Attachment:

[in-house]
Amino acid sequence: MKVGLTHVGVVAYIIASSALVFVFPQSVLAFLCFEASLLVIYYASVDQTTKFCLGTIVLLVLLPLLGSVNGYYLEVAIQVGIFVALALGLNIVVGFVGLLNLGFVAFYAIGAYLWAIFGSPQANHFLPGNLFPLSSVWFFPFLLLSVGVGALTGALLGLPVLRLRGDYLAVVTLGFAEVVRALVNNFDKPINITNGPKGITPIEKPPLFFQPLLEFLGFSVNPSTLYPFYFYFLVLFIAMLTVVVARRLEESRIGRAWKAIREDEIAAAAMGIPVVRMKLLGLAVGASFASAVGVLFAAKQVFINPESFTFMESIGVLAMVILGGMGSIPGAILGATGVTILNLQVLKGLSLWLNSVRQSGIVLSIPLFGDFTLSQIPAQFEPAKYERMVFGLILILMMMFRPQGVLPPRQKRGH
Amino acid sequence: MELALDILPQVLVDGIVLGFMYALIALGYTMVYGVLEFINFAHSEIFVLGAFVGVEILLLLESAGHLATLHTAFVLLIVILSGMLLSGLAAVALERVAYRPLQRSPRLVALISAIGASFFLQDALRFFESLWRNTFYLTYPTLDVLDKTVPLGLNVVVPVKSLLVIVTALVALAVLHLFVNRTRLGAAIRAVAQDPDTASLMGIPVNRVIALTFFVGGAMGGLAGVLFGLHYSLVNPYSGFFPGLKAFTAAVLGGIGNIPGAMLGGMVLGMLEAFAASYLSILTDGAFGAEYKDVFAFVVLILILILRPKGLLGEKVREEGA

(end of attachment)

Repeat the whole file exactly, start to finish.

[in-house]
Amino acid sequence: MKVGLTHVGVVAYIIASSALVFVFPQSVLAFLCFEASLLVIYYASVDQTTKFCLGTIVLLVLLPLLGSVNGYYLEVAIQVGIFVALALGLNIVVGFVGLLNLGFVAFYAIGAYLWAIFGSPQANHFLPGNLFPLSSVWFFPFLLLSVGVGALTGALLGLPVLRLRGDYLAVVTLGFAEVVRALVNNFDKPINITNGPKGITPIEKPPLFFQPLLEFLGFSVNPSTLYPFYFYFLVLFIAMLTVVVARRLEESRIGRAWKAIREDEIAAAAMGIPVVRMKLLGLAVGASFASAVGVLFAAKQVFINPESFTFMESIGVLAMVILGGMGSIPGAILGATGVTILNLQVLKGLSLWLNSVRQSGIVLSIPLFGDFTLSQIPAQFEPAKYERMVFGLILILMMMFRPQGVLPPRQKRGH
Amino acid sequence: MELALDILPQVLVDGIVLGFMYALIALGYTMVYGVLEFINFAHSEIFVLGAFVGVEILLLLESAGHLATLHTAFVLLIVILSGMLLSGLAAVALERVAYRPLQRSPRLVALISAIGASFFLQDALRFFESLWRNTFYLTYPTLDVLDKTVPLGLNVVVPVKSLLVIVTALVALAVLHLFVNRTRLGAAIRAVAQDPDTASLMGIPVNRVIALTFFVGGAMGGLAGVLFGLHYSLVNPYSGFFPGLKAFTAAVLGGIGNIPGAMLGGMVLGMLEAFAASYLSILTDGAFGAEYKDVFAFVVLILILILRPKGLLGEKVREEGA